8. High-speed rail lines could connect major cities at distances under 1,000 km [621 miles]. Trains provide a high-quality substitute for short-distance flights. We do need a better railroad connecting cities. When I was in China, it was relatively easy to travel in and out of Shanghai via the 200mph trains. Today, the IEA expects it to only replace 2% of aviation activity and save 40 kb/d. The trains do not exist in the US in abundance.
9. More Zoom, WebEx, Cisco computer meetings rather than flights to meet with clients and inhouse personnel. This makes sense. I can see great pressure on airlines due to this and a decreasing industry. However, it decreases time spent on nonbusiness traveling and fuel. IEA is calling for a reduction of about two out of every five flights and a savings of 260 kb/d or more.
10. Hastening the adoption of electric vehicles will have a sustained effect in the future. Mandating higher efficiency in conventionally fueled vehicles would do more too. It must be fun for people with their pickup trucks that have never carried dirt or bags of Portland in the back. Fun in the manner of filling up a 30 -gallon tank with gasoline at $4.60 a gallon. There is no return coming from a nonwork related vehicle to offset the cost of tooling around in such a vehicle to get a loaf of bread and a gallon of milk. Oh, and I forgot the six-pack of Budweiser. Projected saving off of alternative energy vehicles more than 100 kb/d in the short-term.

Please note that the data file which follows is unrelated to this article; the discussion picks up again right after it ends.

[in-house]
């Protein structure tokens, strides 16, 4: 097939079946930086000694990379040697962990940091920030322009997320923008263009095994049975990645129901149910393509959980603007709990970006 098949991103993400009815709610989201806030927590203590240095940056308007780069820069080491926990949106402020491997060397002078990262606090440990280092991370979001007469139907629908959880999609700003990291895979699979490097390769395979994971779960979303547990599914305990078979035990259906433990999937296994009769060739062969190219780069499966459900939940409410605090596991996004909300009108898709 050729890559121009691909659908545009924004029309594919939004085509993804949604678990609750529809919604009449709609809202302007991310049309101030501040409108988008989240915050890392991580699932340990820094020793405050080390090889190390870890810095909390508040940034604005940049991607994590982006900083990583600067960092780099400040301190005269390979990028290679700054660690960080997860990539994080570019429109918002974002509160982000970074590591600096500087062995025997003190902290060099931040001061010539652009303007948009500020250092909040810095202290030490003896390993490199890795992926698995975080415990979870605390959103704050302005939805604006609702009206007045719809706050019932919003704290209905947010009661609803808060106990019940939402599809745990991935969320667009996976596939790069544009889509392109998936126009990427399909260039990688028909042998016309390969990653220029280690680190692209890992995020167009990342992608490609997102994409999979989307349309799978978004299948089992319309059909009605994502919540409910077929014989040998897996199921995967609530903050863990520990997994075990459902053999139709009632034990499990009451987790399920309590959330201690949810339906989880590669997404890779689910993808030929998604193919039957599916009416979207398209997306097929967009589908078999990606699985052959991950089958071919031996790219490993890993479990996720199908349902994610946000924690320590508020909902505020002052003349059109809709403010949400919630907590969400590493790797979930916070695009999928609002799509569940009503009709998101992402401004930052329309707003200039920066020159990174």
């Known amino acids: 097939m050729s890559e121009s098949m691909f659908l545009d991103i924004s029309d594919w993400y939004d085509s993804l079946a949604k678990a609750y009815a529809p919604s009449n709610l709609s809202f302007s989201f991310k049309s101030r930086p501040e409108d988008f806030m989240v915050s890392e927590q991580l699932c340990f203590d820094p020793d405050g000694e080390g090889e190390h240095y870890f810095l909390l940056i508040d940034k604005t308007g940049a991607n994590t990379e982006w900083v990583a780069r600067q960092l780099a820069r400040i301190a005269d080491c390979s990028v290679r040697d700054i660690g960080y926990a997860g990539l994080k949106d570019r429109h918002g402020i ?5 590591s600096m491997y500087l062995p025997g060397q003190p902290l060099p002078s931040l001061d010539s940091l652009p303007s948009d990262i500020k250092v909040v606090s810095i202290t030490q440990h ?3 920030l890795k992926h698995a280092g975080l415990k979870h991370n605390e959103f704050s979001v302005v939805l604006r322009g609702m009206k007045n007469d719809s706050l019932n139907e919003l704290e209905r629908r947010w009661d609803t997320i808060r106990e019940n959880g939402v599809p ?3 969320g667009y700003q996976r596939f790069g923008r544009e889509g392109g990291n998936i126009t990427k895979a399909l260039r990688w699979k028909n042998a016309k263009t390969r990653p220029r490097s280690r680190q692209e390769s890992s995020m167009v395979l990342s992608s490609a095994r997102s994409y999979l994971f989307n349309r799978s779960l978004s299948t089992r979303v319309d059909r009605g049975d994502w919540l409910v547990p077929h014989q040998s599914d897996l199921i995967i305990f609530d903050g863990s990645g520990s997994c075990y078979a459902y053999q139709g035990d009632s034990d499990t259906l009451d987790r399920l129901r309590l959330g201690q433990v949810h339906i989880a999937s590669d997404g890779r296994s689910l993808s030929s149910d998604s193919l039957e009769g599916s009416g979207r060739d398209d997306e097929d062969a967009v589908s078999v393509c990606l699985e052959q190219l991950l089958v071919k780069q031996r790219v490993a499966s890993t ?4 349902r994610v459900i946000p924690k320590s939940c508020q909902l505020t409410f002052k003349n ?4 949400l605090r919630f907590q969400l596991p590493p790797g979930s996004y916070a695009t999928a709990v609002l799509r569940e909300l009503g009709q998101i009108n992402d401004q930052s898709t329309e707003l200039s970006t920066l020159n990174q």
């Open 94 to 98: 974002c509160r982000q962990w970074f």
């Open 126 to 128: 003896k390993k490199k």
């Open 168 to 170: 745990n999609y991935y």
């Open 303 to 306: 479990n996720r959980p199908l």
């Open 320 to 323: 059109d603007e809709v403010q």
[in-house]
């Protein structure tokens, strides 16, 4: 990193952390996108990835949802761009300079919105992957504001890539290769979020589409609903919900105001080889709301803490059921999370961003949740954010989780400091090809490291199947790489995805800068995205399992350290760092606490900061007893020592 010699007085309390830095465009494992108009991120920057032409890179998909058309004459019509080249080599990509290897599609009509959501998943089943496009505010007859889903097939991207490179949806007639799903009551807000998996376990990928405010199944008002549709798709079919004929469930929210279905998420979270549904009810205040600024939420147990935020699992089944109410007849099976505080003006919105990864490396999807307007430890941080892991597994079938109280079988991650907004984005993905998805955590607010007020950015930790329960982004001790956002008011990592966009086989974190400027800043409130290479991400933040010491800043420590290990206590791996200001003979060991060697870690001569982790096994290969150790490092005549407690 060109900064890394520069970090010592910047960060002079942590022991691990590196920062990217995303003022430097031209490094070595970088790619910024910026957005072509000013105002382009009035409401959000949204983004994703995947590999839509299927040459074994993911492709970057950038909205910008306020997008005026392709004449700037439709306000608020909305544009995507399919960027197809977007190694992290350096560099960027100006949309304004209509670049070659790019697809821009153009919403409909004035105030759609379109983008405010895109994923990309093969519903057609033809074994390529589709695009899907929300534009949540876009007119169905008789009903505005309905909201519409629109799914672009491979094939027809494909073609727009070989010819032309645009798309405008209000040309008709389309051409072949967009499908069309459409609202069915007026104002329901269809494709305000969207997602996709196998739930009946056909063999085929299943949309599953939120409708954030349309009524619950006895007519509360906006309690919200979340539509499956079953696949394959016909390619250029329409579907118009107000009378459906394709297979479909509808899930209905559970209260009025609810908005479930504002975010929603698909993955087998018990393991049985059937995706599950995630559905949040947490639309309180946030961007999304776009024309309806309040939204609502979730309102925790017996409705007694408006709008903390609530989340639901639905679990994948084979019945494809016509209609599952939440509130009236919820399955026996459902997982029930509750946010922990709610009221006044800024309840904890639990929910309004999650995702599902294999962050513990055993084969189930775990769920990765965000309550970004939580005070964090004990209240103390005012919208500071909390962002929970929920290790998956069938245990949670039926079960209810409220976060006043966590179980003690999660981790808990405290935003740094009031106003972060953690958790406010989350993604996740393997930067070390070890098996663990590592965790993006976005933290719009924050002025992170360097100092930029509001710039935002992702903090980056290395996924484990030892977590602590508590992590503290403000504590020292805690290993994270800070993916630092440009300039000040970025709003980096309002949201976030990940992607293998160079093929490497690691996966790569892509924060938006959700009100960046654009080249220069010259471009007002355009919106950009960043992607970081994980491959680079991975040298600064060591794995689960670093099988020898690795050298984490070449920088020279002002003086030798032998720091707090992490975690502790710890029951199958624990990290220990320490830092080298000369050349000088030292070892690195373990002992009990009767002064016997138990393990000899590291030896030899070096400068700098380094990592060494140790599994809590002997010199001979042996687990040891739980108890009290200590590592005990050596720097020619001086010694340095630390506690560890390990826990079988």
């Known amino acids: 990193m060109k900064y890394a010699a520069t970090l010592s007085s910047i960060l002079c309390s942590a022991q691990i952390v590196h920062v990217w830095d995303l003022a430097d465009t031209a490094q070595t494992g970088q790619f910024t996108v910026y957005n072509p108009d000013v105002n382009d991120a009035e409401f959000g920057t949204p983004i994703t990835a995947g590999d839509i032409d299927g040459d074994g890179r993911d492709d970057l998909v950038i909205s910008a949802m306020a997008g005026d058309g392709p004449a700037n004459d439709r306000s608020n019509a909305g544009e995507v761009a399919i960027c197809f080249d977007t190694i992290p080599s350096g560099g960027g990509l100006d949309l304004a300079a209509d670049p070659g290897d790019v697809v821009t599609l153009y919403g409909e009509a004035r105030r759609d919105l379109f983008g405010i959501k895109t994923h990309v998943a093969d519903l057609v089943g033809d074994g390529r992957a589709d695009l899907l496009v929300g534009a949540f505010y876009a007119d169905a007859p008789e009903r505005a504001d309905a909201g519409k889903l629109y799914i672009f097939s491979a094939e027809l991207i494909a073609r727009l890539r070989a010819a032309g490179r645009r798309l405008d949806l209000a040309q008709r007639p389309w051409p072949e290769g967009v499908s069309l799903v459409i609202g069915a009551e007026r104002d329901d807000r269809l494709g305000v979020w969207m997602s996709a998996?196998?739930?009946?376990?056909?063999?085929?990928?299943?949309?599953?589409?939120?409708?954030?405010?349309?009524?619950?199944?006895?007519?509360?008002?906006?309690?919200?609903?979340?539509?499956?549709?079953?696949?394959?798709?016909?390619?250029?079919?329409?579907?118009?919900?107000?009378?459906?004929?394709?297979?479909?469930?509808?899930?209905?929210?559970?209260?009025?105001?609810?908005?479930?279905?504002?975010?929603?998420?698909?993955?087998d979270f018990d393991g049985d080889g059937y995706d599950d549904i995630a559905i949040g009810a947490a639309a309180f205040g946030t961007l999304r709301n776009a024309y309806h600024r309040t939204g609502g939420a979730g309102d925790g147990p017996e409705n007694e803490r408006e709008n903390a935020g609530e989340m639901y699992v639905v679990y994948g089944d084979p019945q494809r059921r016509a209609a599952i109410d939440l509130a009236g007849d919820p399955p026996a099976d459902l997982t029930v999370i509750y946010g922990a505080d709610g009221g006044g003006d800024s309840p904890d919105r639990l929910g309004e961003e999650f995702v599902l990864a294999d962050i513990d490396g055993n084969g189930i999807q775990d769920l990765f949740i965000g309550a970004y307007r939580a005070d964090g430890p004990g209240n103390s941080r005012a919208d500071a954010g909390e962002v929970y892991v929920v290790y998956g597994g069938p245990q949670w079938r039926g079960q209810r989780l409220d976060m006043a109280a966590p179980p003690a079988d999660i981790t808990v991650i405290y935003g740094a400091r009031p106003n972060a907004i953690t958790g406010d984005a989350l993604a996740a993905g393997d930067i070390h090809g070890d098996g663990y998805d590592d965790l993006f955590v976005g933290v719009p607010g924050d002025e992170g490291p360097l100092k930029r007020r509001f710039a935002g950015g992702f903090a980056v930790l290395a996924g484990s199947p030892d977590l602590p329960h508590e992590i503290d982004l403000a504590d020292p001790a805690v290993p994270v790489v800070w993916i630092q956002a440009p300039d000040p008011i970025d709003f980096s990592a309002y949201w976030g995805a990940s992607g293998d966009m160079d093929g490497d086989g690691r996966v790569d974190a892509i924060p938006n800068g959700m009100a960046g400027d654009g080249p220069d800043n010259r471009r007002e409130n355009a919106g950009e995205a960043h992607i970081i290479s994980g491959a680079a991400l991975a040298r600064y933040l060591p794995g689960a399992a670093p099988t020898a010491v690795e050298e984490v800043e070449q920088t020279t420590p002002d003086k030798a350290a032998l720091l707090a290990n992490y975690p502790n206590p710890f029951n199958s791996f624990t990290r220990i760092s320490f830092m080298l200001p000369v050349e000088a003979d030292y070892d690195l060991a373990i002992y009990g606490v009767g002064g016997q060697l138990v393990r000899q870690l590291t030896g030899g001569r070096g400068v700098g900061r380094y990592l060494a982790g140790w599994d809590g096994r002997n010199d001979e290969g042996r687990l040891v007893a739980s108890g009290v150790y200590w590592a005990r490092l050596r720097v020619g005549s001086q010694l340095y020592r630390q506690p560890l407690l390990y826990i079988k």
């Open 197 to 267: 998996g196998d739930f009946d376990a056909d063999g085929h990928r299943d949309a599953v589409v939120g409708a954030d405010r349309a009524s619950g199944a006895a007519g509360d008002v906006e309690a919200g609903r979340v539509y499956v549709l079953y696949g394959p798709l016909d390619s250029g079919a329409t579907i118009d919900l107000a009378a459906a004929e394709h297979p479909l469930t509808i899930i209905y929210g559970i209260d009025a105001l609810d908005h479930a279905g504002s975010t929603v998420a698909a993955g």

There never seems to be any urgency, even when there are critical dates and timetables to cut emissions and stay below a 2.7 degrees Fahrenheit (1.5 degrees Celsius) increase globally. The 10 points (or my version of them) needing to be accomplished to offset increasing global temperatures have been documented as a way of reducing carbon emissions and preventing climate change. Still, we are plodding along oblivious to the impact we are making.
I am sure we will hear it is my right to do as I wish. True, you always have the right to do things as long as your doing something does not impinge on another person’s rights. We do need to change our perspective on how we live and its impact on the world around us.
The original version of this article can be found at Treehugger, authored by Lloyd Alter, “International Energy Agency Issues 10-Point Plan to Cut Oil Use.”